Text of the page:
I really liked former Galaxy contributor Derik Badman's rambling, dream-like creations, too, suggesting partially obscured views into a world unseen, unknown and unknowable.

In a sense, there's a lot of art in Abstract Comics: The Anthology and almost no real comics per se. I was blown away, however, by my son's recognition of a Sentinel (a giant mutant-policing robot) from Marvel Comics' X-Men in a page by Noah Berlatsky that the artist says is abstractly based on images originally created by the late Dave Cockrum. I studied the page for quite some time and could not see a damned thing other than amorphous shapes and lines, but when I told my son (who was curious about the book I was reading) that the page I was on was originally based on the X-Men, he casually blew my mind with his comment "Oh, yeah, there's one of those giant robots, what are they called? Sentinels?"

If that isn't proof that meaning is in the eye of the beholder and that the work within Abstract Comics: The Anthology isn't absolutely open to interpretation by every single reader that encounters it, and that every opinion it generates has some validity, than I don't know what else to tell you. I still can't see a frigging Sentinel on that page.


Learn more at the Abstract Comics blog. Noah Berlatsky kindly provided a link to both the original Dave Cockrum page and his own abstract interpretation of it, which you can see here.

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The New Comic Book Galaxy Blog: Trouble with Comics -- Comic Book Galaxy expands in its tenth year with the new group blog TROUBLE WITH COMICS.

Since launching on September 1st, 2000, Comic Book Galaxy has had as few as one (that would be me) and as many as two dozen contributors at any given time in its history. Now, the Galaxy is expanding once again with TROUBLE WITH COMICS.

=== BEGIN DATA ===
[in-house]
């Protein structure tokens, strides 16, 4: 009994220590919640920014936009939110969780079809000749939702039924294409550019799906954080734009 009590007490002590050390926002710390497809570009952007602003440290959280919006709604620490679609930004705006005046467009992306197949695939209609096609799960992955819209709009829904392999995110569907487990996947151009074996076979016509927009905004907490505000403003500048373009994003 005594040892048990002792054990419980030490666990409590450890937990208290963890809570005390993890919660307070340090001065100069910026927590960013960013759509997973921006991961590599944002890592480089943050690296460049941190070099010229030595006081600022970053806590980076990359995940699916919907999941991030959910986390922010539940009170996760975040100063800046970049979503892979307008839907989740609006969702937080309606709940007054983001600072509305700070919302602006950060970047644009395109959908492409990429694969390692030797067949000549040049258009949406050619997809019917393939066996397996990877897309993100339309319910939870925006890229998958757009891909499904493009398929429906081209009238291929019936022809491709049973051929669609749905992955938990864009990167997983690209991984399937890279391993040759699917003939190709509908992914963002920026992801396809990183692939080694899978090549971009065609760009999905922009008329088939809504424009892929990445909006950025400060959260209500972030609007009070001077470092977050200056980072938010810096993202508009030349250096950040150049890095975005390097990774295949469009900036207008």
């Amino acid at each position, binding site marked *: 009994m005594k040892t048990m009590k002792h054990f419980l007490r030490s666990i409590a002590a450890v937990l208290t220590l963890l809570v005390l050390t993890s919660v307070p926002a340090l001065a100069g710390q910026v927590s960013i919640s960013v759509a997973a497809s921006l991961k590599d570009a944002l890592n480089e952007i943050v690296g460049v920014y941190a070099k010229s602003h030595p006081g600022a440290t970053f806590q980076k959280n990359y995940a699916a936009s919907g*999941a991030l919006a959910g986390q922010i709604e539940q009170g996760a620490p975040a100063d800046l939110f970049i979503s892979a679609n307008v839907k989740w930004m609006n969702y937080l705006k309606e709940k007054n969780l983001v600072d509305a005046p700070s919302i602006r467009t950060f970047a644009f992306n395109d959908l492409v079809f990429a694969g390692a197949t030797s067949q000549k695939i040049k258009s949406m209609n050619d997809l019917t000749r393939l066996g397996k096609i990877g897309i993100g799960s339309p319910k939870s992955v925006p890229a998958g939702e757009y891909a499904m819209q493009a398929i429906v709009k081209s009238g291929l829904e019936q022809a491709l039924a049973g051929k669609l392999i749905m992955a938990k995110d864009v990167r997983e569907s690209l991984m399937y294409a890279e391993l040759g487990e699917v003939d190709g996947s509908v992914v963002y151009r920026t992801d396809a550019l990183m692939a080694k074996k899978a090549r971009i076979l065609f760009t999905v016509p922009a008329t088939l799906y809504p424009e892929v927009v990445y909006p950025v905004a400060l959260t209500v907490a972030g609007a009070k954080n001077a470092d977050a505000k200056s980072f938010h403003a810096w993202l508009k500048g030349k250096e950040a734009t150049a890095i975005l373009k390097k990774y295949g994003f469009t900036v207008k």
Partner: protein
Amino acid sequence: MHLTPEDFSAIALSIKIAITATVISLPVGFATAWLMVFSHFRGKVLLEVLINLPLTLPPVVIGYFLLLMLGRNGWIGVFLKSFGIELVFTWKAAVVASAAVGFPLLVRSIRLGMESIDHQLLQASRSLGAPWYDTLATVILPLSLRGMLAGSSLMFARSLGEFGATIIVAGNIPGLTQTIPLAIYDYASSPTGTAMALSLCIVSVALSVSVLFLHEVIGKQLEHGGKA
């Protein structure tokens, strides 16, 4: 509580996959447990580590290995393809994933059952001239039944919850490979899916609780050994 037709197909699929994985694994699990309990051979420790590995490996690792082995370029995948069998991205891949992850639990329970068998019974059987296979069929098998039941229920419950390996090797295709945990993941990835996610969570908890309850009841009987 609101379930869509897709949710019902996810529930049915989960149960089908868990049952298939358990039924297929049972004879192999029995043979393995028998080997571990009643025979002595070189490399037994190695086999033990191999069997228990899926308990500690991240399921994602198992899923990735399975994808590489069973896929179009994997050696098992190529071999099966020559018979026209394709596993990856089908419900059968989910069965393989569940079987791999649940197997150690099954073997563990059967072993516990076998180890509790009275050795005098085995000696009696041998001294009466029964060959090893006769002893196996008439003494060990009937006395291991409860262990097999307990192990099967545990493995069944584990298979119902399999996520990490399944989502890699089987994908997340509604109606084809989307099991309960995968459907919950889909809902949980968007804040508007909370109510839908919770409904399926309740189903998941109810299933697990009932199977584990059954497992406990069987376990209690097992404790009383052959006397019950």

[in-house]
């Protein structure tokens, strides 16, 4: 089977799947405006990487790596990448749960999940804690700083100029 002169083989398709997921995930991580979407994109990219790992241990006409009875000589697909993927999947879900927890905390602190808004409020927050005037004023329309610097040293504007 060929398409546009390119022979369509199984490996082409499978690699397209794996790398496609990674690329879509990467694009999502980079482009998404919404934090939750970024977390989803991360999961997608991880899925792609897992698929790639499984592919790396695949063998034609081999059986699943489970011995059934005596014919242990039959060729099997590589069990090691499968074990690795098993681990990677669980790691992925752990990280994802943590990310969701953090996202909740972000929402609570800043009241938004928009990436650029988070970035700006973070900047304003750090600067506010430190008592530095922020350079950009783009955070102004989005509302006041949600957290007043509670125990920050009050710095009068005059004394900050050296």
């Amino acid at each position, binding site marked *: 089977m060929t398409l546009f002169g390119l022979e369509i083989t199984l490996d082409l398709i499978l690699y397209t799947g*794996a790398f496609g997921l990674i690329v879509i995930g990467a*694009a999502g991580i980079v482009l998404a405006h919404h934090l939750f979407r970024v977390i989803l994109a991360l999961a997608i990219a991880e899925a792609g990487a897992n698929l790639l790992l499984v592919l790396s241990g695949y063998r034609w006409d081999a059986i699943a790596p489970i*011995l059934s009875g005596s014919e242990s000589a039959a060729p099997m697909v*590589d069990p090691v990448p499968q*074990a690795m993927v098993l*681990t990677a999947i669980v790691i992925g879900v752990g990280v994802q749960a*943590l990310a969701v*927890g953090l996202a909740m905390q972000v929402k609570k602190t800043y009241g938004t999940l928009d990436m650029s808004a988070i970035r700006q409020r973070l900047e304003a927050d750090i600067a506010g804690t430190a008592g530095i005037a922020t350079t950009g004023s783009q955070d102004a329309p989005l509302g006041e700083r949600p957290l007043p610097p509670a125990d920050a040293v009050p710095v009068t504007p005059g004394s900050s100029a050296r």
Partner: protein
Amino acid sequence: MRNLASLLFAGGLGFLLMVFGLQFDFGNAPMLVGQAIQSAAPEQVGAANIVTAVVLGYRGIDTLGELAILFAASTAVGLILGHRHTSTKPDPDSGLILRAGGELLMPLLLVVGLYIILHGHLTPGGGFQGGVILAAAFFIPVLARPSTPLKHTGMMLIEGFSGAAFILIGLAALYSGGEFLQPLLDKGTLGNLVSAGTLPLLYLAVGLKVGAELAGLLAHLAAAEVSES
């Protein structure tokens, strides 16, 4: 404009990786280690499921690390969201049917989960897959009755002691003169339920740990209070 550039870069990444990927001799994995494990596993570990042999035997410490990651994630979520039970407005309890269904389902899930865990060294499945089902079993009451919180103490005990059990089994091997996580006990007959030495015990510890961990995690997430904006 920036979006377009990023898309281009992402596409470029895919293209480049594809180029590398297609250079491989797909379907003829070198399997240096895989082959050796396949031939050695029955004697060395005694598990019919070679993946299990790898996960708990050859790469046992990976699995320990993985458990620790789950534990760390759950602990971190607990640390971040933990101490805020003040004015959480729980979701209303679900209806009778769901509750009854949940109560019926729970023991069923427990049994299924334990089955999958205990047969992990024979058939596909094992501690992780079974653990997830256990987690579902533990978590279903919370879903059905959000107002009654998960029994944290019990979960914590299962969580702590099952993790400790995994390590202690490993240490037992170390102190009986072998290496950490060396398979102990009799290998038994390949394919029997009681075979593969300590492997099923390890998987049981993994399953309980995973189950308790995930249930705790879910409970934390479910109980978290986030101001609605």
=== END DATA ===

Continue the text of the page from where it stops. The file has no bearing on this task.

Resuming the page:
TROUBLE WITH COMICS grew out of conversations with my good friend and partner in thoughtcrime Chris Allen as I was assembling my recent eBook, Conversations with ADD. I had to dig into the Galaxy's deepest, hidden recesses to find some of the material for the eBook, and Chris helped me pound it all into shape. As we worked together on all that, I think we both realized just how much we missed feeling the rush we got from the most exciting times we had together (and sometimes separately) on Comic Book Galaxy. With that in mind, we started talking to good writers we knew, some who wrote for Comic Book Galaxy in the past, some who are new faces around the Galaxy Clubhouse but who nonetheless agree with our stated goal of "pushing comix forward."

TROUBLE WITH COMICS is edited by Chris Allen and yours truly, and the mix of contributing writers to TROUBLE WITH COMICS includes returning Comic Book alumni Johnny Bacardi, d. emerson eddy, Mick Martin, Marc Sobel and Diana Tamblyn, as well as writers new to Comic Book Galaxy like Alex Ness, Matt Springer, and David Wynne.